Los Angeles, California 90095

  • Social Behavior


This study is designed to document the loss of sociomoral emotions (like empathy, guilt, and embarrassment) in patients with behavioral variant frontotemporal dementia. The loss of these emotions, which function as the motivators for social behavior, will manifest in specific interpersonal behaviors. These behaviors will correlate with regional changes in regional changes in medial frontal and anterior temporal lobes. These social and emotional changes will be compared with a young-onset Alzheimer's disease comparison group.

Study summary:

Frontotemporal dementia (FTD) is a devastating disorder and one the most common neurodegenerative diseases in middle age. The most prominent early manifestations of bvFTD ("behavior variant" FTD) are not the memory and other cognitive deficits typical of Alzheimer's disease (AD) but, rather, disturbance in social or interpersonal behavior. A basic manifestation of this disorder is a disturbance in the emotions and motives that drive social and moral behavior. In fact, bvFTD is an incredible window to the neuroscience of social behavior. This study will help clarify the neurobiological substrates of sociomoral emotions and their associated clinical features. The findings of this proposal can have major implications for understanding the interaction between brain and social behavior and for designing future research on the basic mechanisms of social neuroscience. This research aims to document the loss of sociomoral emotions (SME) compared to primary emotions in patients with bvFTD vs. patients with AD and normal controls. We need to show that these findings are specific to bvFTD and not present in Alzheimer's disease or normal controls. The project consists of three integrated parts: 1) behavioral measures that include observations in naturalistic settings, behavioral experiments, and behavioral scales; 2) psychophysiological reactivity (i.e., measures of heart rate, blood pressure changes, galvanic skin response, facial electromyography, and facial temperature) to social and emotional stimuli; and 3) brain localization of changes in sociomoral emotions with magnetic resonance imaging technology.


Inclusion Criteria (FTD or AD patients): - The core diagnostic features of bvFTD or NINCDS-ADRDA criteria for clinically probable AD - Mild-moderate cognitive and functional severity defined as an MMSE >/=10 and a CDR </=2.0 - Able to understand and complete procedures and to take part in the tests by hearing and understanding instructions and by seeing the stimuli to be responded to - Willingness and ability to provide informed consent; Informed consents from caregiver and patient - English speaking, having acquired English prior to age 13 and using it as primary language - Minimally impaired language (language and semantics tests cut-off scores) - Medically stable (defined as absence of medical illness that would interfere with the subject's ability to understand and participate in study procedures) - Absence of a neurological or psychiatric illness other than bvFTD or clinically probable ADB - Absence of cortical infarction, other cortical lesion, or significant subcortical lesion on MRI of brain - Absence of potentially confounding medications, particularly those with effects on the peripheral nervous system, cardiovascular agents, and β-blockers - Presence of a caregiver who can facilitate participation in this project. (see below) Where there is more than one caregiver, every effort is made to designate the closest relative as the main caregiver. Exclusion Criteria (FTD or AD patients): - Violation of any of the criteria above. Inclusion Criteria (Study Partners/Caregivers): - Personally visit and interact with the subject at least one time each week for one hour. - Accompany the subject to each visit. - Provide opinions about the subject's thinking (i.e., memory, language, problem-solving ability), daily activities (i.e., dressing, hygiene, mobility, household chores, and hobbies), and behavior (i.e., mood, sleep patterns, appetite, participation in social interactions). - Share personal information including feelings of distress about the subject's behavior or feelings of burden by caregiving responsibilities. - Read, understand and speak English fluently in order to ensure comprehension of informed consent form and informant-based assessments of the subject. - Provide full written informed consent on his/her own behalf prior to the performance of any protocol-specific procedure. - In the opinion of the investigator, the study partner will be compliant with the protocol and have a high probability of completing the study Exclusion Criteria (Study Partners): - Violation of any of the criteria above. Inclusion Criteria (Control Participants): - Denies neurological or psychiatric illness. - Not currently a caregiver for a dementia patient (for at least one year). - Does not take potentially confounding medications, including most of those with effects on the central nervous system and peripheral nervous system, cardiovascular agents, and β-blockers. The use of these medications will be assessed during a telephone screening. Exclusion Criteria (Control Participants): - Violation of any of the criteria above.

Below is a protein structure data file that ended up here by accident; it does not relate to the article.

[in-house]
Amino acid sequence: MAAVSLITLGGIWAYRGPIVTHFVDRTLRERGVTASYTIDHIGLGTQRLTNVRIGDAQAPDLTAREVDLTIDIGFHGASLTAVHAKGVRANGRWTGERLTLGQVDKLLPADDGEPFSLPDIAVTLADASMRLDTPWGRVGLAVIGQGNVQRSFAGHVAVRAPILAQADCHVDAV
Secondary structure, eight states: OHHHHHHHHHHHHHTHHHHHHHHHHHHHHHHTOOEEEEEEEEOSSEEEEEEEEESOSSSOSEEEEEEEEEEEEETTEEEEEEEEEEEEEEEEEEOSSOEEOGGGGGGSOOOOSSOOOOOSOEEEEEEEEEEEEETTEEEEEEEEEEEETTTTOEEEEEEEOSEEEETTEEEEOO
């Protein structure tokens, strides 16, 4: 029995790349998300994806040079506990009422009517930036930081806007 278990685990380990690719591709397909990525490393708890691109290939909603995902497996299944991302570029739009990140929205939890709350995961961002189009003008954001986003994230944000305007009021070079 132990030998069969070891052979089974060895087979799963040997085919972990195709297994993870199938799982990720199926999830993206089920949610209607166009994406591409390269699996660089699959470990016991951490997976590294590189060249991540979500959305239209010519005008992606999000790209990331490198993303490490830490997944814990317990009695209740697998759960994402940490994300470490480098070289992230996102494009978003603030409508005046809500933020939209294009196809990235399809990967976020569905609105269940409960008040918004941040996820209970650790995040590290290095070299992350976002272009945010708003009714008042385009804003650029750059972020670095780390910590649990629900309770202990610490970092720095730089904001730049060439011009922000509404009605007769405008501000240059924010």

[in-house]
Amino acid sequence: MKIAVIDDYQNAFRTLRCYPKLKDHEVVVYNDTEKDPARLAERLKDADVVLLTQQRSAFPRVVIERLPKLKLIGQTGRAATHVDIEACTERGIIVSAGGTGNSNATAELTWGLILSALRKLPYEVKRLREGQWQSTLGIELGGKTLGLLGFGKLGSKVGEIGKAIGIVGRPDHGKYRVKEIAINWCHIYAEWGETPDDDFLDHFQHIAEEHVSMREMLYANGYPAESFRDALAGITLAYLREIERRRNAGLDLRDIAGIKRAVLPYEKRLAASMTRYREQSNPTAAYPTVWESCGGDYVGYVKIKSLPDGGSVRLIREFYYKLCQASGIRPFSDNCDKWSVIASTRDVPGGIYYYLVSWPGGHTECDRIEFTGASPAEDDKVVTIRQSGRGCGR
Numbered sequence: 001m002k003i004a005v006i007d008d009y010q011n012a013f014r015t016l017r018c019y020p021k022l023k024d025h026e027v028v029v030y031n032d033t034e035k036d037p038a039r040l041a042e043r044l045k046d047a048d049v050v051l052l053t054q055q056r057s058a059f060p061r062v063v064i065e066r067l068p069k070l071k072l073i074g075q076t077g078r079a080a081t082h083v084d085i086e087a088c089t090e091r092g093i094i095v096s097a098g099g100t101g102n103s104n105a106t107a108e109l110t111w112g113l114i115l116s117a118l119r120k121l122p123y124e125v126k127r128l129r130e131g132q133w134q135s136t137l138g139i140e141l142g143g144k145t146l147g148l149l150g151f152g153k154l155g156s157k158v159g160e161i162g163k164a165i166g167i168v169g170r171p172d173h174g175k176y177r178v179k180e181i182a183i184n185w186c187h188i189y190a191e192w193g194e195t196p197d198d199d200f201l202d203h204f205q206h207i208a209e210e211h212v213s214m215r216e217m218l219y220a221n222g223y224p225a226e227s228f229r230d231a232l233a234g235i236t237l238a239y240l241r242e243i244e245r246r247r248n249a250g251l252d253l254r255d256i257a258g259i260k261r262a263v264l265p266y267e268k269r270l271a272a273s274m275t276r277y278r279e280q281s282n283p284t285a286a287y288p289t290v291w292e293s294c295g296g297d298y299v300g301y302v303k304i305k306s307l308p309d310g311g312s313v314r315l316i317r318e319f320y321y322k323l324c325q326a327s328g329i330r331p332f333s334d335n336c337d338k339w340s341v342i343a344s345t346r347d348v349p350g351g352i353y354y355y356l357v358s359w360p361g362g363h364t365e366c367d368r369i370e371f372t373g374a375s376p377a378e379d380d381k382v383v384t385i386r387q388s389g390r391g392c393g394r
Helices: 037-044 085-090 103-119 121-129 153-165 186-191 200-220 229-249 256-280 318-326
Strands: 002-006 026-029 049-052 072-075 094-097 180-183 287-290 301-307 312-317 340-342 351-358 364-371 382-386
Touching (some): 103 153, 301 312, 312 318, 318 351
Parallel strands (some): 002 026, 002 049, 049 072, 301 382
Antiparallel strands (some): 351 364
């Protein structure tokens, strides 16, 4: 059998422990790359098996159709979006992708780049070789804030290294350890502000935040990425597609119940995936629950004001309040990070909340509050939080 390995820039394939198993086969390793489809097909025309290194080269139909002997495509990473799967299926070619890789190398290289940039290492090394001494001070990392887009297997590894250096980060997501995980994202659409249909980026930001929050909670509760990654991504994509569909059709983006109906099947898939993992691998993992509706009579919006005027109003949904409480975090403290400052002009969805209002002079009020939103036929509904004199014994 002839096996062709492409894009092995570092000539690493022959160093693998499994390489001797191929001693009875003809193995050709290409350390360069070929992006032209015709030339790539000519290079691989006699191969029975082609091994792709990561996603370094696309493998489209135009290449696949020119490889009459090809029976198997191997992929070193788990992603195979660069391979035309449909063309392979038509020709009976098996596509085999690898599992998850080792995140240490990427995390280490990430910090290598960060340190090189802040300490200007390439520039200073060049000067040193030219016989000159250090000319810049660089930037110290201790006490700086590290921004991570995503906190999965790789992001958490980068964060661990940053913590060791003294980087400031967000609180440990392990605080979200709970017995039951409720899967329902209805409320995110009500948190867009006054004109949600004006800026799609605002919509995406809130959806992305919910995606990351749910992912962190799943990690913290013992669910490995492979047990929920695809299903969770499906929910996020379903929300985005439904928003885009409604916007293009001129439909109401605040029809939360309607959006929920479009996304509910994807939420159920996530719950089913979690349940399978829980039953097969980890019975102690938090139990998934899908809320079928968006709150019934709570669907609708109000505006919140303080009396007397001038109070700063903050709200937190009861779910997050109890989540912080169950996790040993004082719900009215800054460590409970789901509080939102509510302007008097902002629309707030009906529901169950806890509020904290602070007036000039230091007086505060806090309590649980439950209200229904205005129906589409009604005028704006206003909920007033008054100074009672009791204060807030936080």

Primary Contact:

Principal Investigator
Mario F Mendez, MD, PhD
University of California, Los Angeles; Veteran's Health Administration, West Los Angeles

Jill Shapira, RN, PhD
Phone: 3107942550
Email: jshapira@mednet.ucla.edu

Backup Contact:

Email: mmather@mednet.ucla.edu
Michelle Mather, BA
Phone: 3107946038

Location Contact:

Los Angeles, California 90095
United States

Michelle Mather, BA
Phone: 310-794-6038
Email: mmather@mednet.ucla.edu

Site Status: Recruiting

Data Source: ClinicalTrials.gov

Date Processed: September 16, 2021

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